Since that time, NSD has undergone significant and positive changes.  We have a new Superintendent and Assistant Superintendents, and 3 new School Board members (2 members lost re-election over their stand on the school closure).  The new school board has approved a new set of goals for the district – measurable goals that will prepare more of our students to be ready for college or their chosen careers.

Teachers are being supported with new curricula and training.  The most recent new curriculum prior to that was everyday math – and we all know what a disaster that math program was!  In some classes, teachers were using materials that were 18 years old.  Now, there is a schedule for updating curricula in every class.

At the school board candidate forum, one of the questions pertained to the fact that some schools in the district are over-enrolled, while some are so small that they have begun to lose staff that serve students —  specialists and possibly even their librarian.  I paid attention to how each of the four candidates answered this question, as several elementaries in Woodinville fall into this category – Cottage Lake, Hollywood Hill, Eastridge and Sunrise are all underenrolled.

All candidates agreed this is a problem, but the differences in the answers offered by Ms. McCravey and her opponent, BZ Davis, stood out. Ms. Davis, who served for 16 years on the Northshore School Board (during the time when the district had weak goals and was not updating curriculum), clearly indicated that she would be willing to close school(s). Ms. McCravey offered a potential solution — magnet schools, which offer parents choices and attract students and their state funding from other districts.

To me, the choice in this election is clear: we can go backward, or continue moving forward with innovative, student-centric ideas.  I choose to move forward with Dawn McCravey.

Nancy Chamberlain, Woodinville


I am a firefighter for Woodinville Fire & Rescue, and have been honored to perform that service to this community for 26 years (2 years as a volunteer, prior to becoming a full time paid employee). I have also resided in the Woodinville community for the past 31 years. I am very concerned about the direction that the district has taken in the last 18 months — not just as a firefighter, but also as a parent and as a resident of Woodinville.

Public Education from our fire department has been slashed.

My children have been recipients of the fire district public education programs through their pre-school, elementary, junior high and high school years, and those education programs no longer exist.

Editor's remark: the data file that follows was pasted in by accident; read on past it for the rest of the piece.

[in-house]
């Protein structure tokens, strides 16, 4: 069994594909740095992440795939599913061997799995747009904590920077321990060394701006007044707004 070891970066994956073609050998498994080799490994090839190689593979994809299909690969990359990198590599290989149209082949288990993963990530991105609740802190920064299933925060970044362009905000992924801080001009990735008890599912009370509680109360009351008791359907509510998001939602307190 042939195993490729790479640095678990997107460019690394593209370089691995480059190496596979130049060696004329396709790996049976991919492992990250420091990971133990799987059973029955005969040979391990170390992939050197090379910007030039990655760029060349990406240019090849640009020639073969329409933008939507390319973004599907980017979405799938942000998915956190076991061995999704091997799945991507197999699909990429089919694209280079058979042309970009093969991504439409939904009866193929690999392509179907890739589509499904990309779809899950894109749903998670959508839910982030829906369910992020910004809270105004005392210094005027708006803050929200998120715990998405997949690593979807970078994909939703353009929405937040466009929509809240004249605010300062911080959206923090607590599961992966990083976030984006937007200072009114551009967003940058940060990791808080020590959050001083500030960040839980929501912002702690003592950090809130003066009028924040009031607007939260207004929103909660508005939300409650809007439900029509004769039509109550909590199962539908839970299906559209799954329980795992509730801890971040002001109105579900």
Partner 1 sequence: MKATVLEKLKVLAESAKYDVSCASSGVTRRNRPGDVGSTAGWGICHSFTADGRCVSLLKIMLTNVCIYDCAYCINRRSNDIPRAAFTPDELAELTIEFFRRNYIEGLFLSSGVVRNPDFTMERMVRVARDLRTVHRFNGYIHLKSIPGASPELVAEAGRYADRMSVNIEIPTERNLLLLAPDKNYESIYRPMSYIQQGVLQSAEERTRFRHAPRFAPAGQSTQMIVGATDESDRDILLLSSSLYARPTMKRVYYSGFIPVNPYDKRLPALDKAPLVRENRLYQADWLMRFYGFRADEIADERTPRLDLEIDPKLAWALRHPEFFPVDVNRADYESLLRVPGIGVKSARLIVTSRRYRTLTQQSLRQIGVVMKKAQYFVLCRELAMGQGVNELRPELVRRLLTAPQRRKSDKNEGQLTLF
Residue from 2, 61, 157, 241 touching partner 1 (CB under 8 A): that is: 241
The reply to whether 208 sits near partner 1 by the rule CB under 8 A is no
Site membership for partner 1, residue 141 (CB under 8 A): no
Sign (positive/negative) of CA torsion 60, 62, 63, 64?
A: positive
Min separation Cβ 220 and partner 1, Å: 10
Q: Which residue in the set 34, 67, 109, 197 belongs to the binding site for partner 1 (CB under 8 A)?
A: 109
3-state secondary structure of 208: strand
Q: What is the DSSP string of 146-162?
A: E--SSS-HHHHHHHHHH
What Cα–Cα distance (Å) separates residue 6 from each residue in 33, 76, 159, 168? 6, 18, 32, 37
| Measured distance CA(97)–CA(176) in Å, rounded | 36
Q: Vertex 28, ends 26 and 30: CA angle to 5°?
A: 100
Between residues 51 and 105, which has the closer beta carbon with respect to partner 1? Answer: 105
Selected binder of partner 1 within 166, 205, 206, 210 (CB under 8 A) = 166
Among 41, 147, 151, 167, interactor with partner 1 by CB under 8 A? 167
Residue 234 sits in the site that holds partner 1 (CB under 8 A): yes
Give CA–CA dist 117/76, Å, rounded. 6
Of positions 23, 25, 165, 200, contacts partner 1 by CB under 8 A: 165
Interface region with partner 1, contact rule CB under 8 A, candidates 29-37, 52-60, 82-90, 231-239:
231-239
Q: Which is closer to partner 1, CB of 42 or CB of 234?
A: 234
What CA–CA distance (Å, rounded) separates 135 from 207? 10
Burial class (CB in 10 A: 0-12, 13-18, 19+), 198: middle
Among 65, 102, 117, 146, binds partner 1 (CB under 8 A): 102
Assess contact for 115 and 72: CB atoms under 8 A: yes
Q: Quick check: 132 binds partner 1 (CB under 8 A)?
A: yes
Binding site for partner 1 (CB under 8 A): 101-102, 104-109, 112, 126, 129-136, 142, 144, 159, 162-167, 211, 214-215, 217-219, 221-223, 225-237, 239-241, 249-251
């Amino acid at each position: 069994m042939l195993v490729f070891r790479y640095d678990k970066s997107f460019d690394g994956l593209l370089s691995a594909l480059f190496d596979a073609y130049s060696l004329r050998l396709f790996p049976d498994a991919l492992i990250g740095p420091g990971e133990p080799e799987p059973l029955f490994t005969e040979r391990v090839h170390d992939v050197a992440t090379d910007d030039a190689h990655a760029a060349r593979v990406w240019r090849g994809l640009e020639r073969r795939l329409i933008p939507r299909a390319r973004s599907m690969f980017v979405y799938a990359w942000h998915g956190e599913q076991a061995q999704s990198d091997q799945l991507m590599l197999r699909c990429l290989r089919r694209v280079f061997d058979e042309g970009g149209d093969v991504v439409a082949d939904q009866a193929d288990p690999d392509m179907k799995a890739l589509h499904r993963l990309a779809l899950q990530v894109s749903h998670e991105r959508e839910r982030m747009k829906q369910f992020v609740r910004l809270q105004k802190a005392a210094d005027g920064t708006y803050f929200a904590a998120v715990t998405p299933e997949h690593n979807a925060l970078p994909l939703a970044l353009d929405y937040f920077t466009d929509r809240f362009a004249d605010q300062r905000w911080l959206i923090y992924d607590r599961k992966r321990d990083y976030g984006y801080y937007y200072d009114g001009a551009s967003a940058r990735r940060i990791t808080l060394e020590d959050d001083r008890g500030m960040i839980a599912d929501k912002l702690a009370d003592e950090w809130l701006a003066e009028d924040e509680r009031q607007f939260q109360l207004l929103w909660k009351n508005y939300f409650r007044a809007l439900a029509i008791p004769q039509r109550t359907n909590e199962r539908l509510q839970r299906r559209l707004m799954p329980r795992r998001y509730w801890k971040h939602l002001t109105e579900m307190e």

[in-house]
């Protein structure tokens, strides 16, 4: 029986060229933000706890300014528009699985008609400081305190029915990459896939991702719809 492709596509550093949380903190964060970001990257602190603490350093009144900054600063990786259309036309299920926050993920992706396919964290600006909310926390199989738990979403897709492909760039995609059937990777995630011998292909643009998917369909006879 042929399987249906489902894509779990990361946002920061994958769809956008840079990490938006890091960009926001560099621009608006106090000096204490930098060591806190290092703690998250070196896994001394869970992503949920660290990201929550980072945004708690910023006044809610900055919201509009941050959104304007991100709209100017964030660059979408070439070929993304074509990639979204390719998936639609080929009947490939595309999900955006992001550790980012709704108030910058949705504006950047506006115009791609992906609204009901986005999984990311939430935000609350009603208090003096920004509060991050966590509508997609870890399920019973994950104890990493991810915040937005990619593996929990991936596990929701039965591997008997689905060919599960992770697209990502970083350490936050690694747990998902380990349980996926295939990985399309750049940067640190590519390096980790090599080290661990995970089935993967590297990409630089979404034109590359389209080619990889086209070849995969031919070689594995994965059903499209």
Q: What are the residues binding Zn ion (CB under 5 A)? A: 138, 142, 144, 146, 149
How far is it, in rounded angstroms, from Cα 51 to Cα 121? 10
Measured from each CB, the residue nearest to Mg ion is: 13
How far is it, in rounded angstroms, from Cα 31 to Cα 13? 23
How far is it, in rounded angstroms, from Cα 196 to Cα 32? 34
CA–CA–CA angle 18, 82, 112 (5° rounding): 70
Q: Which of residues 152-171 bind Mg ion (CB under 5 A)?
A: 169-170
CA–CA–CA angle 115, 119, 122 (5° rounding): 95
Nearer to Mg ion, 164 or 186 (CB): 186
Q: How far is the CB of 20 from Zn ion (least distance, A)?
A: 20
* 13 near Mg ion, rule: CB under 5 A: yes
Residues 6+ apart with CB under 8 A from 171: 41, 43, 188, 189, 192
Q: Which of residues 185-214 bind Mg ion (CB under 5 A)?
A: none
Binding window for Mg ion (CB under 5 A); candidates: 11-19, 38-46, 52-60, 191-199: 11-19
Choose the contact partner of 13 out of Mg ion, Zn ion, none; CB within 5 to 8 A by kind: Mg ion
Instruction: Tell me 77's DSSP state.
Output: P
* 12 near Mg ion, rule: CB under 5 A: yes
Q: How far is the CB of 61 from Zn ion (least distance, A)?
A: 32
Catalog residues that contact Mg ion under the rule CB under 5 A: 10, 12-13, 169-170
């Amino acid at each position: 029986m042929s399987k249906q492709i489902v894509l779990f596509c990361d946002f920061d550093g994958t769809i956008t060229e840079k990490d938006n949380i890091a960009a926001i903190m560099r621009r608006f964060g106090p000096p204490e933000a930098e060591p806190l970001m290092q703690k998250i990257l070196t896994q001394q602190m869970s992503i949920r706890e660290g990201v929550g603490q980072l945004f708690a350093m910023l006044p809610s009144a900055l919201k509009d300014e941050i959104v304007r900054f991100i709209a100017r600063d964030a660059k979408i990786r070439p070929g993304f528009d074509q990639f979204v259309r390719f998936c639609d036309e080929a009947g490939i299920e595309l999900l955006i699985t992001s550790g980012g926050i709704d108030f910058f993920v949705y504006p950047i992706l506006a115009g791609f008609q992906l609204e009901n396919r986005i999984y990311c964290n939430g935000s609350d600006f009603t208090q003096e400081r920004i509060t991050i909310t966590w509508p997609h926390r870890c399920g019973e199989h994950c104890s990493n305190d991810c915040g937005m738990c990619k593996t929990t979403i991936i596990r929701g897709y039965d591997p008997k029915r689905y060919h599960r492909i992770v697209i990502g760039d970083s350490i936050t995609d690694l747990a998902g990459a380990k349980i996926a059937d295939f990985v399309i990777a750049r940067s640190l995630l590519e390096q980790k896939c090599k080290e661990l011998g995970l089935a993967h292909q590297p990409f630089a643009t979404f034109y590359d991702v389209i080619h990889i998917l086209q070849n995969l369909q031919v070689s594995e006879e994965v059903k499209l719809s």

The department no longer offers infant car seat checks to those new parents delivering at local hospitals.

No longer does your fire department provide bicycle safety presentations or offer low cost bicycle helmets, as well as helmet fitting.

The fire department no longer contracts with Northshore School District to host the NEVAC program, a vocational high school program, which introduces students to careers in public safety.

I also now work for, live, shop and recreate in a district that has gutted its fire prevention office. This office is responsible for fire safety inspections, for local businesses and schools, new construction plan reviews and code enforcement. It concerns me that the safety of my family, neighbors and friends in this community, as we go about working and living in this district, has been compromised.

There is an obvious solution: CHANGE. It’s time for a new voice on the board of fire commissioners, and I’m very happy to see Mark Emery running for the position.

I have worked with Mark Emery my whole career with Woodinville Fire and Rescue and can personally vouch for his character. He is very capable, hard working and honest and has impeccable integrity. He, like me, is a long time resident of this fire district, chose to raise his family here and has the community interests at heart.

I will be voting for Mark Emery to change the direction of our fire service, and I ask you to do the same.

Ross Van Vactor, Woodinville

I have over 10 years of experience on the administrative side of Woodinville Fire and Rescue, and I am supporting Mark Emery for fire commissioner. I have looked at his resume, his record of service, and his education.

I want to know that the person who sits behind the desk knows how to run a fire commission.

That means understanding the issues, understanding the service, understanding the people and understanding the budget.

Mark Emery has all the experience and more to do a superb job on our fire commission, and I have a lot of respect for his background and his priorities. He knows what the firefighters need, he knows what the taxpayers want, and he knows the critical importance of providing emergency service efficiently and properly.

I am deeply troubled by the cutting of education and prevention services, and I’m concerned by this fire commission allowing Woodinville Fire and Rescue’s accreditation to lapse.

These are unacceptable reductions in service and they should never have happened. Mark Emery will put WF&R back on the right track. Please vote for Mark Emery.

Pam Crawford, Bothell


I would like to respond to K. Brady’s letter regarding the Woodinville High School fitness walks.

As a parent, of a student participating in these walks I am insulted and outraged at several of K. Brady’s remarks.